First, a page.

By Nicole Richards

When Sue Dahn took out first place on this year’s list of Australia’s Top 50 Financial Advisers, she became the first woman to hold the coveted title. “I’m delighted for myself and the firm to win this prize and I hope more than anything else it encourages more women into this area,” Dahn told The Australian.

In her role as Partner/Executive Director of Investment Advisory Services at Pitcher Partners in Melbourne, Dahn personally takes care of $1.5 billion worth of funds under management. Beyond her day job, Dahn is a former board member of Australian Communities Foundation and still serves on the Foundation’s investment committee as well as the investment committees of Victorian Traditional Owners Funds, University of Melbourne’s Trinity College and the MTAA Super Fund.

Dahn has been a champion of philanthropy for well over a decade, citing a Gumnut account at Australian Communities Foundation as her first foray into structured giving, circa 2005. Dahn had been curious to learn how philanthropy worked in practice so decided to open a fund herself so that she could provide accurate and honest advice to her clients.

In this recent conversation with Australian Communities Foundation, Dahn talks about building her own “philanthropic nest egg”, why it’s better to give “with a warm hand” and the multiplier effects of philanthropy done well.

 

Congratulations on being named Australia’s number one financial adviser for 2019! You’ve received many honours over the years, what does this recognition mean to you?

SD: The most recent one was definitely the highest profile one and it’s a personal honour but no-one achieves on their own. It’s really a recognition of the work of hundreds of people over 20 years, the vision of my firm being so fiercely independent, conflict-free and client centred.

 

You’ve been involved with Australian Communities Foundation for almost 15 years. How did that connection come about and how has your relationship with ACF evolved over time?

My first contact with ACF was when I took part in a professional advisers’ group which could have been as early as 2005. From there, I joined the Investment Committee in about 2007 and was invited to join the Board in 2010.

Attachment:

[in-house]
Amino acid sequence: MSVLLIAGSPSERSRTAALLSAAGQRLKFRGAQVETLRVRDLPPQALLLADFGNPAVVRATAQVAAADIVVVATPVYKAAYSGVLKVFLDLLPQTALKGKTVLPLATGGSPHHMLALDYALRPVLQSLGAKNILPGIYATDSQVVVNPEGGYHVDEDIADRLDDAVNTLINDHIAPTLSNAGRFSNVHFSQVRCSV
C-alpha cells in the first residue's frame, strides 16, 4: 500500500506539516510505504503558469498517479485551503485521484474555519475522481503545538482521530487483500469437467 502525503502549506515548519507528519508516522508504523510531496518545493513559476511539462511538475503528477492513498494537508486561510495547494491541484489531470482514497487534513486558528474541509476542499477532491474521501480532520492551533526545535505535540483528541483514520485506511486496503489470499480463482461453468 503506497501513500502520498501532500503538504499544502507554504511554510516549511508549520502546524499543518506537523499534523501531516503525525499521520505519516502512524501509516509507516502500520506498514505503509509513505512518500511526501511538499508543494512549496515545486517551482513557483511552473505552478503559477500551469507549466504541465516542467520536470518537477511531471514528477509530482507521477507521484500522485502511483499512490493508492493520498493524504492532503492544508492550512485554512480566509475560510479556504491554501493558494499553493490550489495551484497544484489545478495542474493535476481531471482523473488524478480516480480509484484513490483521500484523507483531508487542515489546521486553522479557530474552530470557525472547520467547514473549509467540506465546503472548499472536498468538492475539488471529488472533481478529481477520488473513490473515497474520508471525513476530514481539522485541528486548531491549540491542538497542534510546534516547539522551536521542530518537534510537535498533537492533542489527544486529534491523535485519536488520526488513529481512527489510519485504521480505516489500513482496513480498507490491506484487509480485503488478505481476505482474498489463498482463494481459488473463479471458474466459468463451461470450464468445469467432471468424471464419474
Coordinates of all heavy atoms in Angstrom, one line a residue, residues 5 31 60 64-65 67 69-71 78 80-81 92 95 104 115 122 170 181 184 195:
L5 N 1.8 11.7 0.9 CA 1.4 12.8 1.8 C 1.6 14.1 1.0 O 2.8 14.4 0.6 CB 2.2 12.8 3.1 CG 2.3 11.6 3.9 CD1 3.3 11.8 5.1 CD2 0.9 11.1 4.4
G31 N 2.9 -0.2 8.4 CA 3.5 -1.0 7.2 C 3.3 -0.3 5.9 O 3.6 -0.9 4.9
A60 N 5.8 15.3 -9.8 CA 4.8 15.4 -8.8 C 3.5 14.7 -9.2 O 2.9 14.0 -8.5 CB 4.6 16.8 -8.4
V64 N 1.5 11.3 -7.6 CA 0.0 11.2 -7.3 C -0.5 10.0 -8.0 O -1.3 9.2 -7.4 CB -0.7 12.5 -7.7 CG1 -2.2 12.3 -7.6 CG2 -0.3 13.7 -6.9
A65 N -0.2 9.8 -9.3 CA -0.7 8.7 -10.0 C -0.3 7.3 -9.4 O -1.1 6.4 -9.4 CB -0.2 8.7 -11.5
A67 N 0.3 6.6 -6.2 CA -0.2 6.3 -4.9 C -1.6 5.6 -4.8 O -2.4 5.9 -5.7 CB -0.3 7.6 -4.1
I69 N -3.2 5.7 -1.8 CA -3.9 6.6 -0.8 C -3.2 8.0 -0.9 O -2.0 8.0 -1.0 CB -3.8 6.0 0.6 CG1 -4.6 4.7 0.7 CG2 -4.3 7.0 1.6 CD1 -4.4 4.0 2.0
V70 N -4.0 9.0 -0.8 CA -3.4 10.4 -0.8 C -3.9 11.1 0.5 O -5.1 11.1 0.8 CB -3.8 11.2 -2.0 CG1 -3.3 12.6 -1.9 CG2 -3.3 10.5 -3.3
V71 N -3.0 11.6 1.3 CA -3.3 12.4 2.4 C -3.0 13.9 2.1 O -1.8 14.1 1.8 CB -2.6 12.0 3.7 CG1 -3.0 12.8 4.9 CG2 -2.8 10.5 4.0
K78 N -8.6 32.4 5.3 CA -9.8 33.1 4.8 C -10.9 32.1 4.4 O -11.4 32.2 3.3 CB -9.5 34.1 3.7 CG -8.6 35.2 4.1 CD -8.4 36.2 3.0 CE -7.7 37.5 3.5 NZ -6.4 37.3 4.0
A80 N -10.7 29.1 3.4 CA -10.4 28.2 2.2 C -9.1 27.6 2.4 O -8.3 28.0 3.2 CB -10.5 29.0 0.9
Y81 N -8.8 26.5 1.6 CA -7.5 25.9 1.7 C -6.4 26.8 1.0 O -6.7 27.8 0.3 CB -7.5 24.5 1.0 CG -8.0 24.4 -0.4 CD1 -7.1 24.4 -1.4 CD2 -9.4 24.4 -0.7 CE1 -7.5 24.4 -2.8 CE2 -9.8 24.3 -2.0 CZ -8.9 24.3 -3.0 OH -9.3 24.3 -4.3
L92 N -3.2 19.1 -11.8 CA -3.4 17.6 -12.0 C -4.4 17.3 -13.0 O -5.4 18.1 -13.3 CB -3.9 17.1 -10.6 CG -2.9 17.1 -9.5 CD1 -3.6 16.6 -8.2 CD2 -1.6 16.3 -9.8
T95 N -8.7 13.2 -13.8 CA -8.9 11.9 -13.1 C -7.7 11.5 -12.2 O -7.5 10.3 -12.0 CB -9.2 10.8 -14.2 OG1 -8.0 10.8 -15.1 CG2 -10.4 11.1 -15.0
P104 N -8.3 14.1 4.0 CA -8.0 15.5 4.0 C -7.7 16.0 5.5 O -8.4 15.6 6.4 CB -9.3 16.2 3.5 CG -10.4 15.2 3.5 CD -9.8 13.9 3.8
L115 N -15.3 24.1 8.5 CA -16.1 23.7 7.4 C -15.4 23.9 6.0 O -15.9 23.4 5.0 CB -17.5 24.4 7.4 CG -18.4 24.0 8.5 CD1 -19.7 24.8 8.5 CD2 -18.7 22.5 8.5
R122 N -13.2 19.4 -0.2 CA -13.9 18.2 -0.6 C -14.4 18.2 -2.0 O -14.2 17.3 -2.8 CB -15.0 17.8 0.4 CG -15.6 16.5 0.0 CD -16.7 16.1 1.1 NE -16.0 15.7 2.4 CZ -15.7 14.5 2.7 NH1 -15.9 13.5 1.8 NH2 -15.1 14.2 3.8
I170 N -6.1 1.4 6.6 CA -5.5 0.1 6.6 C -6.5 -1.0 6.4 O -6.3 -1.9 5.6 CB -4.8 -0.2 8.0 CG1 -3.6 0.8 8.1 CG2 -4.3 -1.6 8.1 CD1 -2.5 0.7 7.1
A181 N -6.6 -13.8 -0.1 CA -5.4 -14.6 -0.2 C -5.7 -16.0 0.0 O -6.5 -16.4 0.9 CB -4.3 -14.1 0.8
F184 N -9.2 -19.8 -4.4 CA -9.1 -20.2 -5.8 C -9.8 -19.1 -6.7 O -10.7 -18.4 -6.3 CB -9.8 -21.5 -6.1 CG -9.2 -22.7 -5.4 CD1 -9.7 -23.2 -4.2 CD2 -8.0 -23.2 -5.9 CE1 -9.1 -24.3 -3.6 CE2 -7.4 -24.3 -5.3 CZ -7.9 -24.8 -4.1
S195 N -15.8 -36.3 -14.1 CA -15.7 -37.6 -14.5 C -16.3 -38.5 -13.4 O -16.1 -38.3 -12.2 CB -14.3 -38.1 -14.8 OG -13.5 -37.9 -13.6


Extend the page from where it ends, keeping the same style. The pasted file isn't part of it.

When I joined that professional advisers group I started my first Gumnut account because I wanted to experience it myself before I advised others to do it. After that I opened a sub-fund for the same reason, then I opened another and another. I have three sub-funds with ACF now.

 

Does that mean it’s safe to presume it was a positive experience of giving for you?

Yes, it was a positive experience though not without opportunities for constructive advice about how the experience could be better as a donor. If I’m going to back an organisation, I want it to be doing the best it can. I’m not a shy person and if I see something that could be done better, I’ll tell someone! Some of the pipes and wires were not as good back then as they are now.

I’m still on the Investment Committee and I’ve served two terms on the board. I’m on leave from the Board at the moment.

 

Have you seen an increasing willingness from advisers to discuss philanthropy with their clients?

My observation is that those discussions have been more client-driven than adviser-driven. Advisers have a lot on their plates so adding yet another area in which to become an expert is yet another demand.

As clients build and accumulate wealth and as their interest in philanthropy grows and as philanthropy gets a greater public profile it will become demand driven. But, that said, more advisers are building their expertise.

 

What are your thoughts about how financial advisers can best broach the topic of giving?

I like to think there are four or five times in the advice conversation where it’s possible to bring the subject of giving up, for example if there’s a capital gains tax event on the horizon or when doing general tax planning for year end. You can also raise philanthropy when you first meet a client in the ‘getting to know you’ phase when you talk about the big things like life objectives; and then there’s another opportunity when you’re talking about wealth transfer or estate planning.

Good advisers have close relationships with their clients and talking about life and what makes meaning to us all is central to the conversation: whether it’s the arts, the environment, social justice, science or whatever it is that makes meaning in your life. If you’re a good adviser, you know what that is for your client and you can open up the topic of philanthropy by having that conversation.

I really think it’s a conversation you have all the time, but it can be structured at particular milestones.

 

Can we talk about your personal philanthropy journey and why giving is important to you?

I think giving is important because we have an obligation in life – which is the greatest gift of all – to find out what we’re good at and then spend the rest of our lives doing that in service of a better world.